Congratulations. You have completed your fifth and final draft. NOW you are ready to unleash your masterpiece on the world. Upgrade your beverage to a glass of champagne and toast yourself as you upload your novel files to your various publishing platforms, confident in the knowledge that you did everything humanly possible to make it professional and legit.

Now to recap: that’s SEVEN steps involving FIVE drafts and FOUR different groups of readers. That’s what it takes to bring your novel up to a professional, publishable, ready-for-primetime level “by yourself.” If indeed you want your readers to regard you as a professional and take you seriously, don’t take any shortcuts that don’t involve simply hiring a professional editor to do most of this for you. And if you can afford to do that? Then just do it. You’ll be glad you did.

Do you have any questions for me about the editing process? If so, leave it in a comment. If it’s not already addressed in the next two parts of this series, I’ll do a follow-up Q&A post at the end. Also, I’d LOVE to hear any editing tips you have to offer.

Ready for the Q&A? You can read it here.

Editing the Heck Out of Your Indie Novel – Part Two: Getting to 3rd Draft

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This is part two in what’s shaping up to be a four-part series. If you missed part one, which mainly covers WHY you should take extra pains in editing your indie novel, you can read it here.

In this post, we get down to the nitty-gritty. Let’s dive right in, shall we?

Step One

Well, technically step one is to write the book. But for our purposes today we’re assuming you’ve already got a rough draft ready to go. If so, then put it away. Don’t look at it for at least a month. Spend this time recruiting first readers. Don’t worry about roping in the eagle-eyed grammar cops at this point. Look for people who have good instincts about storytelling and pacing, and people who are good at spotting plot holes and continuity glitches and things that just make no damn sense, and people who have a good ear for dialogue. Look for people who read a lot of fiction and/or watch a lot of episodic television.

Where do you find these people? This is where a good critique group can come in handy, but I usually put out a call for volunteers in my personal and social networks, stating what I’m looking for, what things I’m going to be focusing on this round, my time frame, etc.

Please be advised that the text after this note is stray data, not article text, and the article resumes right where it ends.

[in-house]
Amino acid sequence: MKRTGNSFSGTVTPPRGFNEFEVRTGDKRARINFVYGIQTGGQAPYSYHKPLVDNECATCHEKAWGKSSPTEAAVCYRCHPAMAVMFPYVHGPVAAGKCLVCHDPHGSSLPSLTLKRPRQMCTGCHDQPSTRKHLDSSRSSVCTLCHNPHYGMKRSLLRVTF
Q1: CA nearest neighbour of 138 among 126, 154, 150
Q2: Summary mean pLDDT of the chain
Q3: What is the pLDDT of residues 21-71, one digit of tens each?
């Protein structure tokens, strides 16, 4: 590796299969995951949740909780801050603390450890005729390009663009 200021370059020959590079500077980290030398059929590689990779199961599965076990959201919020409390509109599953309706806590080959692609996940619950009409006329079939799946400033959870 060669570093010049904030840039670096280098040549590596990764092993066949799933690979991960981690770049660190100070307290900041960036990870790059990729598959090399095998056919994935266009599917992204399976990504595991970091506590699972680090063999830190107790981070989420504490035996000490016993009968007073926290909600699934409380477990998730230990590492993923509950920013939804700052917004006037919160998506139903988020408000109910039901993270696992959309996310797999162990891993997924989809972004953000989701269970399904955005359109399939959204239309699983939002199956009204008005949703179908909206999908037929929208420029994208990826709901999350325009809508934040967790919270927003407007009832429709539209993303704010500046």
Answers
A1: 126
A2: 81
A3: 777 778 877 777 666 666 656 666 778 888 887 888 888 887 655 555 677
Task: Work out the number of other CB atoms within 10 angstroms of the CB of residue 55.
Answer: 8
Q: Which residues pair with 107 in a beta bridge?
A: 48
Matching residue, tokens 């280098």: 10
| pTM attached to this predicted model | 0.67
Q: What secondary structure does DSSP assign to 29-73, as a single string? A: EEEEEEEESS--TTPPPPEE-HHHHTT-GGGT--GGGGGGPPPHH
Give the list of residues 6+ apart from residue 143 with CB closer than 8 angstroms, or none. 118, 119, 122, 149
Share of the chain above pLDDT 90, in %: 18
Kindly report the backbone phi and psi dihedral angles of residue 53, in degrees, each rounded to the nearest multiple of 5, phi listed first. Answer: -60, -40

Step Two

When you’re month is up, take out your rough draft and do the first pass. Fix the problems that you can identify all by yourself. I’m not really concerned with which method you use; just do what works for you. Chuck Wendig’s got some great advice on how to revise a manuscriptSo does Holly Lisle, and hers is 100% less profanity-laden.

After you’ve made your first developmental pass, do your first copy-edit pass. At this point you can go ahead and take the lazy route and use an automated grammar editor like Grammerly. Your purpose at this point isn’t to make it perfect — it’s simply to clean it up as much as possible to minimize errors that might distract your first readers.

Step Three

Now congratulate yourself on completing your second draft. Have a beer or your beverage of choice and fire it off to your first readers. Explain to them that it’s too early in the process for them to bother pointing out typos or grammar snafus, because there’s still a good chance that whatever scene contains such errors will get extensively rewritten or cut altogether.

These first readers should focus on developmental feedback. Does the dialogue ring true? Is characterization consistent? Are there any plot holes, or anything that confuses them or pulls them out of the story? Ask them to refrain from telling you what to fix or how to fix it — that’s your job to figure out. They just need to point out any such problems, and to be honest, even brutally so if necessary.

While you wait to hear back from them, start recruiting your next group of beta readers.

Step Four

Read the feedback as it comes in. Don’t do anything with it yet. Let your subconscious digest it (and give any hurt feelings or irritation a chance to subside). Once you’ve heard back from everyone (and given your emotions time to settle), open up your manuscript and go through it again, looking at the problematic parts and making story repairs according to the feedback.

This, for me, is the hardest part. It’s not really a good idea to just automatically change anything that’s been pointed out as problematic. You need to analyze it, and analyze the feedback and who’s giving it. Are they savvy about the genre? If not, is their confusion simply because they’re unfamiliar with the genre shorthand you used? If that’s the case, should you maybe not resort to genre shorthand, or should you trust your audience to know what you’re doing there without dumbing it down for them? This can be a hard balance to strike. Basically, I look for agreement, and lack thereof. If only one of my first readers doesn’t get my Doctor Who reference, for instance, I’m going to leave it in there for the other four who did. But I’m also going to take a second look at that reference to make sure it actually ads to the story. Whether you make a change based on feedback or not, be sure you justify every decision.

Finish your changes, run it through spellcheck and Grammerly again, and have another beverage. You just finished the third draft.

Do you have any questions for me about the editing process? If so, leave it in a comment. If it’s not already addressed in the next two parts of this series, I’ll do a follow-up Q&A post at the end. Also, I’d LOVE to hear any editing tips you have to offer.

Ready for Part Three? Read it here.

Editing the Heck out of Your Indie Novel – Part One: The Extra Mile

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If there is one professional service that indie authors should be spending their money on prior to publishing their books, it’s editing. Unfortunately, many (too many) self-published authors don’t do this. Some think they don’t need to. But many of them, especially in the beginning, simply can’t afford to.